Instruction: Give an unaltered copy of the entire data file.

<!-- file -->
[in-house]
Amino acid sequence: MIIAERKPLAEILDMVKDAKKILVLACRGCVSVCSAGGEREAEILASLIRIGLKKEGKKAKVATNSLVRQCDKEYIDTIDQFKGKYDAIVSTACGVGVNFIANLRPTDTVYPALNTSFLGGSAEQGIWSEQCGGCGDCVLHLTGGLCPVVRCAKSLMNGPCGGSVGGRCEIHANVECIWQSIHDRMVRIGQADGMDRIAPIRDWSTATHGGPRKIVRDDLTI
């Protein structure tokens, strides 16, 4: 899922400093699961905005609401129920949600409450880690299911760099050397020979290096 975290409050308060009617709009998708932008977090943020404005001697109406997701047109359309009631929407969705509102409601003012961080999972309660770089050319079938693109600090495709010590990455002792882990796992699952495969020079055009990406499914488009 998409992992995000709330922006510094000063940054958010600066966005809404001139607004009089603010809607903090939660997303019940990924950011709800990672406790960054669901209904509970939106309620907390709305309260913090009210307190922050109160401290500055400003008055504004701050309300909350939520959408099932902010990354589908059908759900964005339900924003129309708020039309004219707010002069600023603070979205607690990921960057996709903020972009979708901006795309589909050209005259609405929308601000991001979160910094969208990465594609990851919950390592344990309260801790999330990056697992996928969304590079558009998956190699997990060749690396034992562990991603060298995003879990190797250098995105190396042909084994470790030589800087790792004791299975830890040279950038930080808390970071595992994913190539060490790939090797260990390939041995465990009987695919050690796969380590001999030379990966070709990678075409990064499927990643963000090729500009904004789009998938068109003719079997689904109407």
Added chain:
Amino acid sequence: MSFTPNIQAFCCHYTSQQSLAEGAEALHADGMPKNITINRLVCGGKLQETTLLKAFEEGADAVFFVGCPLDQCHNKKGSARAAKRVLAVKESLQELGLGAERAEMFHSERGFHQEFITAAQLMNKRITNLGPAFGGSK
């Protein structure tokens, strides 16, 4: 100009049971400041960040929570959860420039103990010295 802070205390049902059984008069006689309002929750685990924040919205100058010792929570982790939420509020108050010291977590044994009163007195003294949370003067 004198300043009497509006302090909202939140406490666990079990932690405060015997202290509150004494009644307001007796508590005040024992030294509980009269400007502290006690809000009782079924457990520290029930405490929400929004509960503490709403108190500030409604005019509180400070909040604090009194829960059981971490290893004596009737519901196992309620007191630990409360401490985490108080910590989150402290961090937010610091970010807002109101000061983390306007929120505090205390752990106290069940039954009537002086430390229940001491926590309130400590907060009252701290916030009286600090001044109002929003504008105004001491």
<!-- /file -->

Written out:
[in-house]
Amino acid sequence: MIIAERKPLAEILDMVKDAKKILVLACRGCVSVCSAGGEREAEILASLIRIGLKKEGKKAKVATNSLVRQCDKEYIDTIDQFKGKYDAIVSTACGVGVNFIANLRPTDTVYPALNTSFLGGSAEQGIWSEQCGGCGDCVLHLTGGLCPVVRCAKSLMNGPCGGSVGGRCEIHANVECIWQSIHDRMVRIGQADGMDRIAPIRDWSTATHGGPRKIVRDDLTI
């Protein structure tokens, strides 16, 4: 899922400093699961905005609401129920949600409450880690299911760099050397020979290096 975290409050308060009617709009998708932008977090943020404005001697109406997701047109359309009631929407969705509102409601003012961080999972309660770089050319079938693109600090495709010590990455002792882990796992699952495969020079055009990406499914488009 998409992992995000709330922006510094000063940054958010600066966005809404001139607004009089603010809607903090939660997303019940990924950011709800990672406790960054669901209904509970939106309620907390709305309260913090009210307190922050109160401290500055400003008055504004701050309300909350939520959408099932902010990354589908059908759900964005339900924003129309708020039309004219707010002069600023603070979205607690990921960057996709903020972009979708901006795309589909050209005259609405929308601000991001979160910094969208990465594609990851919950390592344990309260801790999330990056697992996928969304590079558009998956190699997990060749690396034992562990991603060298995003879990190797250098995105190396042909084994470790030589800087790792004791299975830890040279950038930080808390970071595992994913190539060490790939090797260990390939041995465990009987695919050690796969380590001999030379990966070709990678075409990064499927990643963000090729500009904004789009998938068109003719079997689904109407």
Added chain:
Amino acid sequence: MSFTPNIQAFCCHYTSQQSLAEGAEALHADGMPKNITINRLVCGGKLQETTLLKAFEEGADAVFFVGCPLDQCHNKKGSARAAKRVLAVKESLQELGLGAERAEMFHSERGFHQEFITAAQLMNKRITNLGPAFGGSK
């Protein structure tokens, strides 16, 4: 100009049971400041960040929570959860420039103990010295 802070205390049902059984008069006689309002929750685990924040919205100058010792929570982790939420509020108050010291977590044994009163007195003294949370003067 004198300043009497509006302090909202939140406490666990079990932690405060015997202290509150004494009644307001007796508590005040024992030294509980009269400007502290006690809000009782079924457990520290029930405490929400929004509960503490709403108190500030409604005019509180400070909040604090009194829960059981971490290893004596009737519901196992309620007191630990409360401490985490108080910590989150402290961090937010610091970010807002109101000061983390306007929120505090205390752990106290069940039954009537002086430390229940001491926590309130400590907060009252701290916030009286600090001044109002929003504008105004001491």